Why was the agricultural industry important to Mexican Americans during the early 1900s?

In the early twentieth century, commercial agriculture was booming in the West and Southwest.

Small family farms were giving way to agribusiness, large, mechanized operations that could sell produce at low prices. New dams opened deserts to irrigation and planting.

The invention of refrigerated train cars made it possible to ship fresh fruits and vegetables to America’s growing cities. Investors saw lots of money to be made, and all they needed was cheap labor, workers who wouldn’t demand to be paid very much.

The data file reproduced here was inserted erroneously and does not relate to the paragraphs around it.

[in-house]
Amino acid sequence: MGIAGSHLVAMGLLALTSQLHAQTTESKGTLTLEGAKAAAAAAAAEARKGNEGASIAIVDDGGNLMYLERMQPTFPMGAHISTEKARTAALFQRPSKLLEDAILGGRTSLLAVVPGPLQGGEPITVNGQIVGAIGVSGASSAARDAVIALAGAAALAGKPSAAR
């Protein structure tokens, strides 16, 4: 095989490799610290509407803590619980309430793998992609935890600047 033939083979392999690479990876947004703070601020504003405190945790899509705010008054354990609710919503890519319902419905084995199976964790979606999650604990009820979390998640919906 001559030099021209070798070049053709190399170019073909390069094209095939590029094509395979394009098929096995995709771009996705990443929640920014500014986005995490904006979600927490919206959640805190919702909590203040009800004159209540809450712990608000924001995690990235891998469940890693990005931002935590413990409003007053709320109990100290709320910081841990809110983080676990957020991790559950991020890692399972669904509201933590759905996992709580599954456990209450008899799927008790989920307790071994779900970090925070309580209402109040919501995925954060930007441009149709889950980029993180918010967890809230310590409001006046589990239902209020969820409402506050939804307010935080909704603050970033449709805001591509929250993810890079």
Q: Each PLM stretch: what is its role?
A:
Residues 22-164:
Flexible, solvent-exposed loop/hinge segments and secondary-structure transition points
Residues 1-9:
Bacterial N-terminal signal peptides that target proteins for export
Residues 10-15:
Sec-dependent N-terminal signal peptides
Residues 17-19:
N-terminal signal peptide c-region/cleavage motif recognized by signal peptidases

In 1910, the first cotton was planted in California’s Imperial Valley, which became a favorite place for Mexican immigrants to settle. In Texas and Arizona, cattle land was plowed up to make way for cotton planting. In Colorado, sugar beets became a big business.

Other crops picked by Mexican Americans included grapes, melons, and citrus fruits.

About Karen Hill

Karen Hill is a freelance writer, editor, and columnist. Born in New York, her work has appeared in the Examiner, Yahoo News, Buzzfeed, among others.

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